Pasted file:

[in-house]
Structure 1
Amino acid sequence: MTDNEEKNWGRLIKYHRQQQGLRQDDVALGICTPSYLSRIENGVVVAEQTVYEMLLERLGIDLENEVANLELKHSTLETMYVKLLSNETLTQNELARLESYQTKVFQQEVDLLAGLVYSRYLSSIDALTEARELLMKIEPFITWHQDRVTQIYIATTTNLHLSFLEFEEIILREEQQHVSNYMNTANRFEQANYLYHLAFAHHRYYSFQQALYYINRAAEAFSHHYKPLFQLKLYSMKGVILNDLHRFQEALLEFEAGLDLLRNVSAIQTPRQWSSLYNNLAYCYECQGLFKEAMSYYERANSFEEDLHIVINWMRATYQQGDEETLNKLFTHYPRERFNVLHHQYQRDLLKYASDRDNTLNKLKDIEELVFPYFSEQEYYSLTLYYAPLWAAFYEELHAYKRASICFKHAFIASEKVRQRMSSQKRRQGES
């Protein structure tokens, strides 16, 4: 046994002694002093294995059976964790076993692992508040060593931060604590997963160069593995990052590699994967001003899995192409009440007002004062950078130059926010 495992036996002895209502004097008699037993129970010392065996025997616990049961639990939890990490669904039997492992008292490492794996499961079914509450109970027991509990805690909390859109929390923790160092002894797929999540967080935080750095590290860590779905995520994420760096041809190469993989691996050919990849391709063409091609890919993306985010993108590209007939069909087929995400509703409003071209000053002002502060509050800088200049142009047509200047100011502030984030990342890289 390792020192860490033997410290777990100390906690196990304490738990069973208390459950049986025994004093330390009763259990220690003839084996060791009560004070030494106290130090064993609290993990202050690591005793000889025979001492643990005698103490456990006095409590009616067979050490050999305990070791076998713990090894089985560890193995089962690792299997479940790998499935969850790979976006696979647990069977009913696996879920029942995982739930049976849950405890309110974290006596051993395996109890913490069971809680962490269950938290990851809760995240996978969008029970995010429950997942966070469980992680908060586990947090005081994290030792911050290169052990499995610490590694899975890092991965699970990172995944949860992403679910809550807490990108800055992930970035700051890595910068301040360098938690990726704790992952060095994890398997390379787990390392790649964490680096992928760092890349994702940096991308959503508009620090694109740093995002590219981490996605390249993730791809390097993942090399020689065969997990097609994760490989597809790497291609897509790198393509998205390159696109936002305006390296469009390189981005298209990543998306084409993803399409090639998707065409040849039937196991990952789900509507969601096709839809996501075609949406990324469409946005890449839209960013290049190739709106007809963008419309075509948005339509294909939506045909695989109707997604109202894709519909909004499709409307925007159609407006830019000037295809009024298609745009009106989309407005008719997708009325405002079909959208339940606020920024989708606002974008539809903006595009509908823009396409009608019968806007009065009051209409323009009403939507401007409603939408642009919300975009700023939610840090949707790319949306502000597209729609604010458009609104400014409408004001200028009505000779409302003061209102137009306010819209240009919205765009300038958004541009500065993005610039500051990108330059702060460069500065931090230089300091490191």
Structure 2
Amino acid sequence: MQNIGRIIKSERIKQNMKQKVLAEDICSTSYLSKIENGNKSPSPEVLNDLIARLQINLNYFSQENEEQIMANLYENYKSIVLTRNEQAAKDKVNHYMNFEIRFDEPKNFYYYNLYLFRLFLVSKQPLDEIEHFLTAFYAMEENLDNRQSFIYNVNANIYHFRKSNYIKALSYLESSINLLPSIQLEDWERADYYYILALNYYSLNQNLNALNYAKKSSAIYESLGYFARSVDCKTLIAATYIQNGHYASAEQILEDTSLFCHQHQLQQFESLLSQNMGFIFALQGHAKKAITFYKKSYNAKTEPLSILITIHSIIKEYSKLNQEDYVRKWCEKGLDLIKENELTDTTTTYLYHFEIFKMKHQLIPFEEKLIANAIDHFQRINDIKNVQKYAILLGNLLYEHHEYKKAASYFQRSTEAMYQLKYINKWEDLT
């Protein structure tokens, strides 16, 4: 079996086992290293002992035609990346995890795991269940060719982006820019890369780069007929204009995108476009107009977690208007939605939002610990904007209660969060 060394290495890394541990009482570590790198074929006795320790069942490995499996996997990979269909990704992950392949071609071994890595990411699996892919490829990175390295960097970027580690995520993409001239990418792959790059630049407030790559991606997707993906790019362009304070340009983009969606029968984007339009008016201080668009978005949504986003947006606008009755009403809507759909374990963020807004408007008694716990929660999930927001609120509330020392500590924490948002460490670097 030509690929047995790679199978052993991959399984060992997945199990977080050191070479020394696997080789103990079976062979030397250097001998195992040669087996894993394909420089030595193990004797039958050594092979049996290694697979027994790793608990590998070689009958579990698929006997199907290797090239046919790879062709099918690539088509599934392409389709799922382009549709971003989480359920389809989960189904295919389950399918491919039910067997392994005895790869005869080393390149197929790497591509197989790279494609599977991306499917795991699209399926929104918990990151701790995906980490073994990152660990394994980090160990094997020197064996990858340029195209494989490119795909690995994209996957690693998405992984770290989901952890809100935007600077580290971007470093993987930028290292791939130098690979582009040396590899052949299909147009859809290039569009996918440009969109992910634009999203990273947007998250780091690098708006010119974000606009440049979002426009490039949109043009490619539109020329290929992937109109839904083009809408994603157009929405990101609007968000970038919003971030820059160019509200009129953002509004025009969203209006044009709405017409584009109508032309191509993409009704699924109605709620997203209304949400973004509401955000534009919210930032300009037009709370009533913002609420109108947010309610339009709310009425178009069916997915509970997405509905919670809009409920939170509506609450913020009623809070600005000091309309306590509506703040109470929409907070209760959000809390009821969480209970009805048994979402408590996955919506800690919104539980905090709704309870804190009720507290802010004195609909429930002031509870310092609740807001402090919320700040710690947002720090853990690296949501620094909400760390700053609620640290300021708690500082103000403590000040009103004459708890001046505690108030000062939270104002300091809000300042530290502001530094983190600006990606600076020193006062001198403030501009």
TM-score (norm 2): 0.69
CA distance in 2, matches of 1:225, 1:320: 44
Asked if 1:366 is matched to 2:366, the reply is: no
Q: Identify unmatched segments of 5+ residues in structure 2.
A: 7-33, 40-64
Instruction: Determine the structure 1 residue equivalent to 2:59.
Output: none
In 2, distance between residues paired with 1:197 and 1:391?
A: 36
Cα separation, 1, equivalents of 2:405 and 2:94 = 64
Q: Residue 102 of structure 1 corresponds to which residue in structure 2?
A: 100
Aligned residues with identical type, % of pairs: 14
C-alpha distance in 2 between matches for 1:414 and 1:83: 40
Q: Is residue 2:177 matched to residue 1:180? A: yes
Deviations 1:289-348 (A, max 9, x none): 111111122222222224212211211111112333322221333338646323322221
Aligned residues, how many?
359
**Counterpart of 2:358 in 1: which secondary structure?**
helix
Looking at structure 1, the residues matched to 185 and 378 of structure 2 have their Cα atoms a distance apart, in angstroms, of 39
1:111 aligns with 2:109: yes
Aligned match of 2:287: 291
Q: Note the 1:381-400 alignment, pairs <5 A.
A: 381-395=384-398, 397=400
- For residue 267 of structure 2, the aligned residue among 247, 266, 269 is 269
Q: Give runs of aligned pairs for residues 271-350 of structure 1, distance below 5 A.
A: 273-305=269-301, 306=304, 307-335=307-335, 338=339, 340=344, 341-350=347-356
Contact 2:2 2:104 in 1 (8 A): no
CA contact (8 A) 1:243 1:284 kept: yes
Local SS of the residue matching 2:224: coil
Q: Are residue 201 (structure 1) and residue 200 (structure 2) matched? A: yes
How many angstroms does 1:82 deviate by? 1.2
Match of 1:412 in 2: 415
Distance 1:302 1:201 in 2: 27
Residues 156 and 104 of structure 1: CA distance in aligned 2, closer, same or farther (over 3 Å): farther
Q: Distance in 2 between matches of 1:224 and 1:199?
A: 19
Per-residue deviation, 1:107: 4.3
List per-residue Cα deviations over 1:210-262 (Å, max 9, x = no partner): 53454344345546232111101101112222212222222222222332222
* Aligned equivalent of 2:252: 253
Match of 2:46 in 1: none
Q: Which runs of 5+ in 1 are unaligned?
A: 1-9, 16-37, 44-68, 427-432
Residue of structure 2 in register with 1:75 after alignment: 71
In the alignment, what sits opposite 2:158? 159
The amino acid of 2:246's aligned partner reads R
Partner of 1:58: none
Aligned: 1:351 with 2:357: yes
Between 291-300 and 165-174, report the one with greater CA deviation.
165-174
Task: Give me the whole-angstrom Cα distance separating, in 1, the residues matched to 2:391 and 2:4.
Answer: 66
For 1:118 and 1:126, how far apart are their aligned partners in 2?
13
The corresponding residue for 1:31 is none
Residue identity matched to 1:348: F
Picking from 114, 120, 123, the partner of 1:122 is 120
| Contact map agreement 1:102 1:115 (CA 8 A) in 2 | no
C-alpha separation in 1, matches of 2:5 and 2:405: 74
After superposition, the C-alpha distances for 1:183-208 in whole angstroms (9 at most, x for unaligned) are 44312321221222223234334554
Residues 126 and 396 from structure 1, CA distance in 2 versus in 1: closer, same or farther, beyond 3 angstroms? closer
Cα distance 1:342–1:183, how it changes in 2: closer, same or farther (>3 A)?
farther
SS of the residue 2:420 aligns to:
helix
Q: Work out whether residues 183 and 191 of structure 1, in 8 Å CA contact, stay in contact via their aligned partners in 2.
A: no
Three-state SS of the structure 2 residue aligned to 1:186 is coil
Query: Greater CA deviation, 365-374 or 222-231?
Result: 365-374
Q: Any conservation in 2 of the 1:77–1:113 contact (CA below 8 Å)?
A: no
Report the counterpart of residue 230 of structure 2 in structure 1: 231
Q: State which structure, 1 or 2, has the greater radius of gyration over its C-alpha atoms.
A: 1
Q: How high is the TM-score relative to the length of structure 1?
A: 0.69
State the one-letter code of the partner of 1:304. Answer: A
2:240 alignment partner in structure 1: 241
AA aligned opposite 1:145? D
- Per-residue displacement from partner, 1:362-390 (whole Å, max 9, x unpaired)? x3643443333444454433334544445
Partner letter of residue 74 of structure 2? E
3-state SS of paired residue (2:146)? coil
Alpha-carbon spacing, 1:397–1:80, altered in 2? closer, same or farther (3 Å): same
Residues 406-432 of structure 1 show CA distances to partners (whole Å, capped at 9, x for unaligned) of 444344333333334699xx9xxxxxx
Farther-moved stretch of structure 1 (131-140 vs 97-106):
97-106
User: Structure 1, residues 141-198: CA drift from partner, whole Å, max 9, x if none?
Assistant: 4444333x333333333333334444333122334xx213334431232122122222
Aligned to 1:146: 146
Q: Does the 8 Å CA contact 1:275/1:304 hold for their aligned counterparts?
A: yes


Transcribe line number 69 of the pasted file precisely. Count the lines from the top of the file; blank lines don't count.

Residues 126 and 396 from structure 1, CA distance in 2 versus in 1: closer, same or farther, beyond 3 angstroms? closer